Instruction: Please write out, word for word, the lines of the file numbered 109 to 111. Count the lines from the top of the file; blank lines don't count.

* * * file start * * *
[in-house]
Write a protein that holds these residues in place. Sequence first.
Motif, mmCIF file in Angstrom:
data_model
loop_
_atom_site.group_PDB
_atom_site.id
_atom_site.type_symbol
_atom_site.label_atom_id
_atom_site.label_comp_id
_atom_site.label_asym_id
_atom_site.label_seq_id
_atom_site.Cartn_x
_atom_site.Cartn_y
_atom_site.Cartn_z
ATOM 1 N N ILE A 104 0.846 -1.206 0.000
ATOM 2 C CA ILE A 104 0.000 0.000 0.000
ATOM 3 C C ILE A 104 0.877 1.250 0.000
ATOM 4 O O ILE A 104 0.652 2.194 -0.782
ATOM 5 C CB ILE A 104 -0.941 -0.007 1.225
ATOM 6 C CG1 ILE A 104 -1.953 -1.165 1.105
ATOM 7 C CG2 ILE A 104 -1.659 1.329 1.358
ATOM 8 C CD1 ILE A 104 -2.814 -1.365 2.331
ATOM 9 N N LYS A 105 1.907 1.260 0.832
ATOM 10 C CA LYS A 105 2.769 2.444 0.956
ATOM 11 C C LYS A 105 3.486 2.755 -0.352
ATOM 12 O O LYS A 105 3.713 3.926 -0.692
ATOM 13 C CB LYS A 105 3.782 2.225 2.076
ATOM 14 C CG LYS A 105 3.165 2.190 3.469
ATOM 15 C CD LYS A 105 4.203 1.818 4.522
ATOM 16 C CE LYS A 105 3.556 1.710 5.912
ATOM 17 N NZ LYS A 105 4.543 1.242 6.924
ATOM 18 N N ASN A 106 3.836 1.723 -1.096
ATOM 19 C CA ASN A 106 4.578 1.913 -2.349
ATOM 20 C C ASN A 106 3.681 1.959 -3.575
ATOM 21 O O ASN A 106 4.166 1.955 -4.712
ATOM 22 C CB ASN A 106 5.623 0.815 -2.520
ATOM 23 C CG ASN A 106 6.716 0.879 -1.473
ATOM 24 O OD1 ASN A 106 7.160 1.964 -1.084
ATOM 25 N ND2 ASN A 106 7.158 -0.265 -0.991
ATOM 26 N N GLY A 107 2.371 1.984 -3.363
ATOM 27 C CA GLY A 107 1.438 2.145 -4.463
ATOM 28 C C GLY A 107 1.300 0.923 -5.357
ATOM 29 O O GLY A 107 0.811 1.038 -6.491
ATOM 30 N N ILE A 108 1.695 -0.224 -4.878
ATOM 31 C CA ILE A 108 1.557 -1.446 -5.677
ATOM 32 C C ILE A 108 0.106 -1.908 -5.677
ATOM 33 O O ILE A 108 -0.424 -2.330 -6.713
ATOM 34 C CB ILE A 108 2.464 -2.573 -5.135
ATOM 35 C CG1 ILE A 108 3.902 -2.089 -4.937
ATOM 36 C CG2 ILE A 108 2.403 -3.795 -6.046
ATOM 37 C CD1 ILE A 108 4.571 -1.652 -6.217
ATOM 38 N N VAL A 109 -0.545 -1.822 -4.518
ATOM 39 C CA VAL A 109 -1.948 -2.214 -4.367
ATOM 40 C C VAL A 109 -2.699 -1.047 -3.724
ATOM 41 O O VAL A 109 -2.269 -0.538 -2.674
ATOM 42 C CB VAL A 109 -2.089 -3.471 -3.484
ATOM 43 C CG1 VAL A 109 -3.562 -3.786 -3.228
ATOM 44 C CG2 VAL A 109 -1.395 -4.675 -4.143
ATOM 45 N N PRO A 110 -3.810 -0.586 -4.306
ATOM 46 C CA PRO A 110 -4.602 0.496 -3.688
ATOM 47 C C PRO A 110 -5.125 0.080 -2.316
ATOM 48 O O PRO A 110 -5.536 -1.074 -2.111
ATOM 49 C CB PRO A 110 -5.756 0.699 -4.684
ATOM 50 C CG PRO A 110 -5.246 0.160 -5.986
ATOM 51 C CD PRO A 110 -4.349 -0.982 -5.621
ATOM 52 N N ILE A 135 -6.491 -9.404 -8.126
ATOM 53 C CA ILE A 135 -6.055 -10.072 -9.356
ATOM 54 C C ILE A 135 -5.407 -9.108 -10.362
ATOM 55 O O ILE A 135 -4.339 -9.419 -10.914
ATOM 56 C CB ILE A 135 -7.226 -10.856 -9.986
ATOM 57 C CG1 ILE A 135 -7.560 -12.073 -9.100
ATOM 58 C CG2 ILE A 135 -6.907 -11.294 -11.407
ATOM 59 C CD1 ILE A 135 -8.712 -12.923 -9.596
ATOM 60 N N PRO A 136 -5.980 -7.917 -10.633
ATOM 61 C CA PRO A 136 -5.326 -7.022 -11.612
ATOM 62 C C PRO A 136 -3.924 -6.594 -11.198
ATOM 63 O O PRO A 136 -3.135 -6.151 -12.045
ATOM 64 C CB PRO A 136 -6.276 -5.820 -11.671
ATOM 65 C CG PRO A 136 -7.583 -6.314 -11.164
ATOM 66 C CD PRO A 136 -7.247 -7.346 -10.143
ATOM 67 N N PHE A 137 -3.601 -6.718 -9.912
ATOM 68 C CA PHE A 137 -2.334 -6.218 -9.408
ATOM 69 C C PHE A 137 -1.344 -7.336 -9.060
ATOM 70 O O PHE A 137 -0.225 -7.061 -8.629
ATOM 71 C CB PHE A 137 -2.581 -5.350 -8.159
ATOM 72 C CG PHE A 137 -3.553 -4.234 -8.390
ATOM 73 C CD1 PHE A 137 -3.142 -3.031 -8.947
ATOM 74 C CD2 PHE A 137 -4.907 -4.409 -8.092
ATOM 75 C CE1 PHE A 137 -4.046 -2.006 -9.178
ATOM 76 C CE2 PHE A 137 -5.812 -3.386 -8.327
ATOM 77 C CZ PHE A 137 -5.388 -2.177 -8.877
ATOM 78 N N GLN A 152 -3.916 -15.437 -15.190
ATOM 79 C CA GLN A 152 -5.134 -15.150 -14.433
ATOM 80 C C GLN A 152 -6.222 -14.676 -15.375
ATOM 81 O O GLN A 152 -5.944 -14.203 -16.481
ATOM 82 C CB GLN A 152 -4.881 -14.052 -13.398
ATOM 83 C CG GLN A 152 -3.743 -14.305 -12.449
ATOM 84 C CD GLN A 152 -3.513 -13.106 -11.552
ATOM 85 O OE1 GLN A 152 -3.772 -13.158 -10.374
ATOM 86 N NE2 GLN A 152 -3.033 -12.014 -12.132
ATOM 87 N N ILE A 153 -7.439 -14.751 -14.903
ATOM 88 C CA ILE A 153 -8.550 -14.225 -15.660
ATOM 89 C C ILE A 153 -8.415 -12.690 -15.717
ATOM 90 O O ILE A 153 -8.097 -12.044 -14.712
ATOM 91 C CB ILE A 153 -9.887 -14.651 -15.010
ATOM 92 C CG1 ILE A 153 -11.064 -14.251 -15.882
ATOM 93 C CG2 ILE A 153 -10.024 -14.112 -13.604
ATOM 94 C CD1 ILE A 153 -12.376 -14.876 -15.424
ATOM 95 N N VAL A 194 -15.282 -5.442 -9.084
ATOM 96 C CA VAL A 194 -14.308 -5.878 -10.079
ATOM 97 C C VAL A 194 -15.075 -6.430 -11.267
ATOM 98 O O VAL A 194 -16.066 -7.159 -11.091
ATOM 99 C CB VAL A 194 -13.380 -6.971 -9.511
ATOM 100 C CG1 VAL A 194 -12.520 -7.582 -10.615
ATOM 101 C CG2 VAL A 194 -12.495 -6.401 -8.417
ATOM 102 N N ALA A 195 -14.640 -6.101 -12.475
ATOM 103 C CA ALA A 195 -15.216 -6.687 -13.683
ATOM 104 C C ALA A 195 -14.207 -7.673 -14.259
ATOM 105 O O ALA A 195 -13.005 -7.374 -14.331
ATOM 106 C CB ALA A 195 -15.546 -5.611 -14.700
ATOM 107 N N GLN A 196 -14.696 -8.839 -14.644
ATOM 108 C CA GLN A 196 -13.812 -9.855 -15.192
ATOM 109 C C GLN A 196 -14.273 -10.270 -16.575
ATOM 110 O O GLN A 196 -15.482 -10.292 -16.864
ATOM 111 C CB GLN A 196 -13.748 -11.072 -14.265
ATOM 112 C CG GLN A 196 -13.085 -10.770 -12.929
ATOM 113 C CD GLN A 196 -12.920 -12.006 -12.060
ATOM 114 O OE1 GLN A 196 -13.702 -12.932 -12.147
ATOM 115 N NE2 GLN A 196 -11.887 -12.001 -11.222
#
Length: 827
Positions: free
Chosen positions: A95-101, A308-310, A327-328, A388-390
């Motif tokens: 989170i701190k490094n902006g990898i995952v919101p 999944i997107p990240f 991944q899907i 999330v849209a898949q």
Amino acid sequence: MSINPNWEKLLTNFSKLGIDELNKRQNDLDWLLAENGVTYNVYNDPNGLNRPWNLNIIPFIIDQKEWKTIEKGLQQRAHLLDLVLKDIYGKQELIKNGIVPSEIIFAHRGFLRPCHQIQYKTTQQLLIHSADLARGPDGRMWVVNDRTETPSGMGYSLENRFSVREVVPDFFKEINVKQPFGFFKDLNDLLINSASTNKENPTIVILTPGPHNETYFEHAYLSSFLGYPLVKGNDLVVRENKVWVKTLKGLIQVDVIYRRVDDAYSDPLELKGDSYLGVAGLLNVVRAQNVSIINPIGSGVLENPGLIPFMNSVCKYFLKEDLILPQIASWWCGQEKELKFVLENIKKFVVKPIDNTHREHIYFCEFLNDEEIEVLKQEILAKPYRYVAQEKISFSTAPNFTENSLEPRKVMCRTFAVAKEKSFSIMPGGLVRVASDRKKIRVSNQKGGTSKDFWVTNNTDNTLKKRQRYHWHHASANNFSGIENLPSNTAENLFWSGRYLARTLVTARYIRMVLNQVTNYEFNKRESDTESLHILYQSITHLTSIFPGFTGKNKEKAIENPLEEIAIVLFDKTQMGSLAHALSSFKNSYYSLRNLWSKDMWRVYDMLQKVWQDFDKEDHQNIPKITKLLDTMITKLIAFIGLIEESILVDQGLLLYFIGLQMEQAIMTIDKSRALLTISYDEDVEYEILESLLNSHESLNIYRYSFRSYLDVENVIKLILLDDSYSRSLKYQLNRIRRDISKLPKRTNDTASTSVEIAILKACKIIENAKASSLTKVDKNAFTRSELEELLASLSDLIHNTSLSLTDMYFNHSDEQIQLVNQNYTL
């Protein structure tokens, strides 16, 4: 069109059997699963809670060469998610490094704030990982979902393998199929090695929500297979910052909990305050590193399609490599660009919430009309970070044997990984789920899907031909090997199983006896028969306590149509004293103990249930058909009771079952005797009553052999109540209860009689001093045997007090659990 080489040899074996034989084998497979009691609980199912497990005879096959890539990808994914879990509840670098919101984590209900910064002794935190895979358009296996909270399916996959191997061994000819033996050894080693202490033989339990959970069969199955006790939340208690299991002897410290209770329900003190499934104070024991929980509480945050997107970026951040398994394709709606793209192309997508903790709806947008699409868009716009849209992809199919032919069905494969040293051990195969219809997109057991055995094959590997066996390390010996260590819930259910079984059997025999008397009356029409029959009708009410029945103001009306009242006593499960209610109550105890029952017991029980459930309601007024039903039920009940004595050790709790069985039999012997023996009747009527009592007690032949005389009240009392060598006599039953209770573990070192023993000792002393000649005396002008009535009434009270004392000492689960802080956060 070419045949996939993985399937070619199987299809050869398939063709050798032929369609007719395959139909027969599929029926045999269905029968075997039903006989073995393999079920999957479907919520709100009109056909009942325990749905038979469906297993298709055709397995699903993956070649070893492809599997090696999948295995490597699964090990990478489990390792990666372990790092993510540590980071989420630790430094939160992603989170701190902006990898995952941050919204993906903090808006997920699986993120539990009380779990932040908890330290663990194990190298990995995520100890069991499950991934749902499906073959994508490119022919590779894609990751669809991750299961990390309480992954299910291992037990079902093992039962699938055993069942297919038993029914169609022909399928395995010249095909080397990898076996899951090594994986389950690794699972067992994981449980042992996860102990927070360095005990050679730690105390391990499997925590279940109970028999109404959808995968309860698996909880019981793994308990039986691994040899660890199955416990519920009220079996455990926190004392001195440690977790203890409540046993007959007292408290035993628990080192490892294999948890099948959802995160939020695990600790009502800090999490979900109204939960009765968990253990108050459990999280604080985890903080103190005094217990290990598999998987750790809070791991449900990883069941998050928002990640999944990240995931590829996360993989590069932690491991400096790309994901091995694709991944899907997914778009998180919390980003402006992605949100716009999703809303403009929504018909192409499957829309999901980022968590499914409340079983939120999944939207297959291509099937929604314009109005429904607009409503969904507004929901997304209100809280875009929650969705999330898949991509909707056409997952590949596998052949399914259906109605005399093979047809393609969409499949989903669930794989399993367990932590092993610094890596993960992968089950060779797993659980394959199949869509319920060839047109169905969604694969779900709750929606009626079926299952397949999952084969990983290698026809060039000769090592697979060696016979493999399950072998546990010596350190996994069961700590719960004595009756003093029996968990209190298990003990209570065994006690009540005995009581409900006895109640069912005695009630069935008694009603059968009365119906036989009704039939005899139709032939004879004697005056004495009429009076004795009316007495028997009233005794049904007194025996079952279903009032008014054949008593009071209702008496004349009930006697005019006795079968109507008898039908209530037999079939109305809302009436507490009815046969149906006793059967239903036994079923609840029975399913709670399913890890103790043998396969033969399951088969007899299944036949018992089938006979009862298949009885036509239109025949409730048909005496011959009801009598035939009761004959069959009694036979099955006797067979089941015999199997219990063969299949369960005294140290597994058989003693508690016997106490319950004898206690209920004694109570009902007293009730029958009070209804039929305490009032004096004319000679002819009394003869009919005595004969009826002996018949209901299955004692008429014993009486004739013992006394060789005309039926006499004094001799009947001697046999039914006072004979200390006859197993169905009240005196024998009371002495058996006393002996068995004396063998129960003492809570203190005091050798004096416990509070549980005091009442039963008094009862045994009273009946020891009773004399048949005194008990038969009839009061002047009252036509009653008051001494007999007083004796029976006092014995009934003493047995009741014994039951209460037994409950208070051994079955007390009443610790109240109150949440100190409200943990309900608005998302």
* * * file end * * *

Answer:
ATOM 94 C CD1 ILE A 153 -12.376 -14.876 -15.424
ATOM 95 N N VAL A 194 -15.282 -5.442 -9.084
ATOM 96 C CA VAL A 194 -14.308 -5.878 -10.079